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A Funder Conundrum

Monday, 29th October 2012 at 2:11 pm
Staff Reporter
Gina Anderson, Philanthropy Fellow at the Centre for Social Impact, looks at how philanthropists and donors can bring about positive social change. This article is from the CSI blog.

Monday, 29th October 2012
at 2:11 pm
Staff Reporter



A Funder Conundrum
Monday, 29th October 2012 at 2:11 pm

Gina Anderson, Philanthropy Fellow at the Centre for Social Impact, looks at how philanthropists and donors can bring about positive social change. This article is from the CSI blog

OPINION: How can funders (philanthropists and donors) bring about positive social change? Does supporting grant-seekers over and above cash grants really add value or is it more trouble than it’s worth? Does working in collaboration with each other make funders more effective?

These questions and more are wrestled with in the very recent and excellent report entitled “A funder conundrum: choices that funders face in bringing about positive social change” published by the Association of Charitable Foundations UK in September 2012. This independent research report is based on the experience of The Diana, Princess of Wales Memorial Fund, together with interviews with philanthropists and funders, partners and grant-seekers.

The report will be of interest to anyone who wants to make a positive social impact, whether a funder or philanthropist, an intermediary or grant-seeker. It is particularly useful for those new to philanthropy either as individual funders, trustees or those working in philanthropy as practitioners.

It canvases the different issues funders face in discovering that philanthropy is challenging and that the difficult choices it entails really do constitute a funder conundrum. They admit that they have not been able to formulate nice neat answers because the issues are complex. For many questions they discover there is no easy answer, nor is there a right or wrong answer. However the insights and concepts included in the report, along with information and tools contained in the supporting resource materials, are extremely useful.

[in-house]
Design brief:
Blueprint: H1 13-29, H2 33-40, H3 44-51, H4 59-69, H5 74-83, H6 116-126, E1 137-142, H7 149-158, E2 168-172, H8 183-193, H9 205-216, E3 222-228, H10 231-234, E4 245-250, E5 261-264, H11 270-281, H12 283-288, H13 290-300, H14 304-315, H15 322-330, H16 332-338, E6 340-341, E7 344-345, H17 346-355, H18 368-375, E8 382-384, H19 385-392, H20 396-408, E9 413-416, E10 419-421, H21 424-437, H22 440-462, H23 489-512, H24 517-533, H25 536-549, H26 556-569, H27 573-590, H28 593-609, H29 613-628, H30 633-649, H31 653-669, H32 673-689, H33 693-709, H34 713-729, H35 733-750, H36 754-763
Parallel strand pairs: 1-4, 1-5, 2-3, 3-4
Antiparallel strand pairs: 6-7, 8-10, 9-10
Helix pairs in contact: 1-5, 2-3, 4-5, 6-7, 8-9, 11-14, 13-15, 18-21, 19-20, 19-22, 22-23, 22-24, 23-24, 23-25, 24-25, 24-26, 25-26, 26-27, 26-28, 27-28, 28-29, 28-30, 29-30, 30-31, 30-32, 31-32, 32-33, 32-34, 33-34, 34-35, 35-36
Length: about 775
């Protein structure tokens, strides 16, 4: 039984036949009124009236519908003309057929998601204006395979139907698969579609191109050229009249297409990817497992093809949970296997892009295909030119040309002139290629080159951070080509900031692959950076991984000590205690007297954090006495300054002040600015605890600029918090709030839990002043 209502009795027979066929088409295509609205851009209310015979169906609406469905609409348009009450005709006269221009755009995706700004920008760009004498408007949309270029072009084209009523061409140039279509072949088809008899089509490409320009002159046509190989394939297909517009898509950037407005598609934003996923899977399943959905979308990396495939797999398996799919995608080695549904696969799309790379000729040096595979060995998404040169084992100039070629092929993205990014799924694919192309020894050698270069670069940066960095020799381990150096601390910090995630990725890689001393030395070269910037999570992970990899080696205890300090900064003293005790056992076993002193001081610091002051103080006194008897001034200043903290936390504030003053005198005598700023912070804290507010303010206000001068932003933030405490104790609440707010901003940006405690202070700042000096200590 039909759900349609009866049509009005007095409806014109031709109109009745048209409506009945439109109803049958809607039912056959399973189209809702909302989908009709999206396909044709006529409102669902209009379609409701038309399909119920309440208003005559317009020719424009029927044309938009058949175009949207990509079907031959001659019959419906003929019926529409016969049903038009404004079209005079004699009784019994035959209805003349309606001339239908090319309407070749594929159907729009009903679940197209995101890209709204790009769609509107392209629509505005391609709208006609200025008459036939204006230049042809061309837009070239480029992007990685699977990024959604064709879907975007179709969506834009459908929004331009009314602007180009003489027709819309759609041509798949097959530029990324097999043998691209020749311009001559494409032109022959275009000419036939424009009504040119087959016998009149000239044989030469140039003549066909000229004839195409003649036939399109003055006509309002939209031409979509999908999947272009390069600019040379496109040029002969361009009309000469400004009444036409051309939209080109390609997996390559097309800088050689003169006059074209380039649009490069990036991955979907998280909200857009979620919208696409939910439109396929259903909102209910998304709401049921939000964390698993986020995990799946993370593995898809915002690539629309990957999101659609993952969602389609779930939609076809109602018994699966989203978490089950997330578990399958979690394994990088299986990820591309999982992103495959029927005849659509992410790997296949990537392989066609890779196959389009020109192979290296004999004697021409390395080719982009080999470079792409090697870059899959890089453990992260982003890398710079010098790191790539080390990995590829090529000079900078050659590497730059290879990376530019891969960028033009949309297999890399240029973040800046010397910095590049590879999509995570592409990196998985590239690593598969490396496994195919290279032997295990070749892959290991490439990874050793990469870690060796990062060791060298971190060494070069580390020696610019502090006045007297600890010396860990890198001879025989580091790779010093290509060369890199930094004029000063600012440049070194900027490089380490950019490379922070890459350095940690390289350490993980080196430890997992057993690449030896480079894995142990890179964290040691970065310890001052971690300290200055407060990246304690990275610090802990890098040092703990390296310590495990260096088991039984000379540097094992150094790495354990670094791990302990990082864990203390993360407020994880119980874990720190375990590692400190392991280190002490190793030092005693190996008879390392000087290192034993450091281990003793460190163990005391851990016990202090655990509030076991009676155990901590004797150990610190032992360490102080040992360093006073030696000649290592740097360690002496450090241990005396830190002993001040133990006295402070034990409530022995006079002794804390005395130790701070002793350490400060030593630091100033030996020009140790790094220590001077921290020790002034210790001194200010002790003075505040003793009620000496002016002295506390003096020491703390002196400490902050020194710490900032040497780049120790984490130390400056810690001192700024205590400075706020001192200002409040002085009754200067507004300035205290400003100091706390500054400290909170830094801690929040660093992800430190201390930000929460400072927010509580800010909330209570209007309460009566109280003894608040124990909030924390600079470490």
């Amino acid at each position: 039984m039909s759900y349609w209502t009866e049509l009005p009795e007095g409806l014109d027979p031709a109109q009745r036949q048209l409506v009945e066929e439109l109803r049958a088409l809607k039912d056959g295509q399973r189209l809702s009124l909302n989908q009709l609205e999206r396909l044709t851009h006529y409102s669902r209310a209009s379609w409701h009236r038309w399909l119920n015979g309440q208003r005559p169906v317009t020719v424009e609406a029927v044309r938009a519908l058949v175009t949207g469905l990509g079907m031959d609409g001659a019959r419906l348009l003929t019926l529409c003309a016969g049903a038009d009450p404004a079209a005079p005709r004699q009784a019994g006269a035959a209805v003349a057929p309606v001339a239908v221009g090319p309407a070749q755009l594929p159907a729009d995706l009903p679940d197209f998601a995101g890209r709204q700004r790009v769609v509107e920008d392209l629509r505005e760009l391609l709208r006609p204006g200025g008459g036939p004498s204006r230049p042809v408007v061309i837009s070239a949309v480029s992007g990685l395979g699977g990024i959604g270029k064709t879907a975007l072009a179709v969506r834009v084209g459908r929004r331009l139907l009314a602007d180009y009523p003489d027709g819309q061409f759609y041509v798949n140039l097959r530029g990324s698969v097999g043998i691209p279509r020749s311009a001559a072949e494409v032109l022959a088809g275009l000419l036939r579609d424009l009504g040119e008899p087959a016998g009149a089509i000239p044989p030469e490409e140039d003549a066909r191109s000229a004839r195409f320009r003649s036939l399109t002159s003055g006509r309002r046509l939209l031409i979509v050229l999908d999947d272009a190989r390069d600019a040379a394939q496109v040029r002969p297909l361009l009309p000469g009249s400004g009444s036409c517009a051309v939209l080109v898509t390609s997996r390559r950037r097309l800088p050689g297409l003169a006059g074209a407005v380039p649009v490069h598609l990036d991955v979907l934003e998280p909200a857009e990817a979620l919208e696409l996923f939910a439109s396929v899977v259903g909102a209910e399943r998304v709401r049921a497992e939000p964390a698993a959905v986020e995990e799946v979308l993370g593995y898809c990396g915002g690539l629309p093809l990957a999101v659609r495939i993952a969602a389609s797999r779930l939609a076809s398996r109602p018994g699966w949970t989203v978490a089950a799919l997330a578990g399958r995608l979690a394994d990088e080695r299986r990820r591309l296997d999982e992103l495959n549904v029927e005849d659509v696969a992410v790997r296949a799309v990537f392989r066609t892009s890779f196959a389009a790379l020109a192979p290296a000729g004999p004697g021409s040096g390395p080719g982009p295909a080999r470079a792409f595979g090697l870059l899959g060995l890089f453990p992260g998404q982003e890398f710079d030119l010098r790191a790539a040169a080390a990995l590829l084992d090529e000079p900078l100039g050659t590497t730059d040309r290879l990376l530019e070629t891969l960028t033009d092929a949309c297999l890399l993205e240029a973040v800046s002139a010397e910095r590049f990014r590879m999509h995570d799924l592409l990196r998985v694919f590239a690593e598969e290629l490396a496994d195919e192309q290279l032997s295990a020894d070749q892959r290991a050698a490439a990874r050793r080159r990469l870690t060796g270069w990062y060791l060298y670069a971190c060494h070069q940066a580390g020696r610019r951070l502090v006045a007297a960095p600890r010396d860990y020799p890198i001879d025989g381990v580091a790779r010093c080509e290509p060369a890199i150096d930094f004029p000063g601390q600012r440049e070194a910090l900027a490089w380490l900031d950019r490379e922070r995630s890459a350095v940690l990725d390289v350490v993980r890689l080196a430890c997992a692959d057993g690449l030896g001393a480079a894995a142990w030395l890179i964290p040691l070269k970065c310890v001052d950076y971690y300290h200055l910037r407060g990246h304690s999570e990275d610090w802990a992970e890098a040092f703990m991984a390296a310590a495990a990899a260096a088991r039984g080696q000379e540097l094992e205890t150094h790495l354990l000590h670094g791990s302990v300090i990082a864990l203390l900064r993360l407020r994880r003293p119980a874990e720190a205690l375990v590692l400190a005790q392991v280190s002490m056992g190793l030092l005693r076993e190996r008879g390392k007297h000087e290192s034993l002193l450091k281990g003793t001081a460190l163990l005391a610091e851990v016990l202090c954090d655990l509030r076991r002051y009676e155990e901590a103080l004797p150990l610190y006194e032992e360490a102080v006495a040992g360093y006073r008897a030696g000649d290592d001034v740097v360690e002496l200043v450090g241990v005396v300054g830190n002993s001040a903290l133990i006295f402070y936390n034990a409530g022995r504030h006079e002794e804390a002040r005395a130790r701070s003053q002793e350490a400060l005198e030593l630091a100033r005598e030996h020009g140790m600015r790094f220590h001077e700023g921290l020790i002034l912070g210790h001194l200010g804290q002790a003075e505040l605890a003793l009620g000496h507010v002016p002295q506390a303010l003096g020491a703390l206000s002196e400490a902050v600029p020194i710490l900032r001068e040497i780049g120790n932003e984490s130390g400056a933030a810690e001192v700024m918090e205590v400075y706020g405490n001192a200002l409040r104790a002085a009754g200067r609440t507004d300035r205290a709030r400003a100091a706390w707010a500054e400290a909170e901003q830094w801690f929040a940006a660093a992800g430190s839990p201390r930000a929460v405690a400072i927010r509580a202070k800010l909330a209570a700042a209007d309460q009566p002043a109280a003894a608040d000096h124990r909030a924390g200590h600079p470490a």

The authors explore areas that are important to funders and raise questions on issues such as attribution and contribution and the legitimacy of non-elected bodies to identify and address society’s ills. They discuss the motivation to improve the world through systemic change versus the desire to respond to current need; the proactive selection of projects and grant-seekers versus the more reactive receiving of grant applications; close engagement with the projects funded versus the preference to maintain a distance and concentrate of advising and monitoring; risk-taking; and the vexed issue of collaboration versus working alone.

To support the analysis of the issues the authors developed “The Funder Spectrum Framework” to help capture the complicated nature of the funding field. This spectrum is divided into two areas:

Mindset: what motivates a funder

  • Motivation – what do you want to achieve?
  • Theory of Change – how do you believe change happens?
  • Role of the Funder – what is the role of the funder?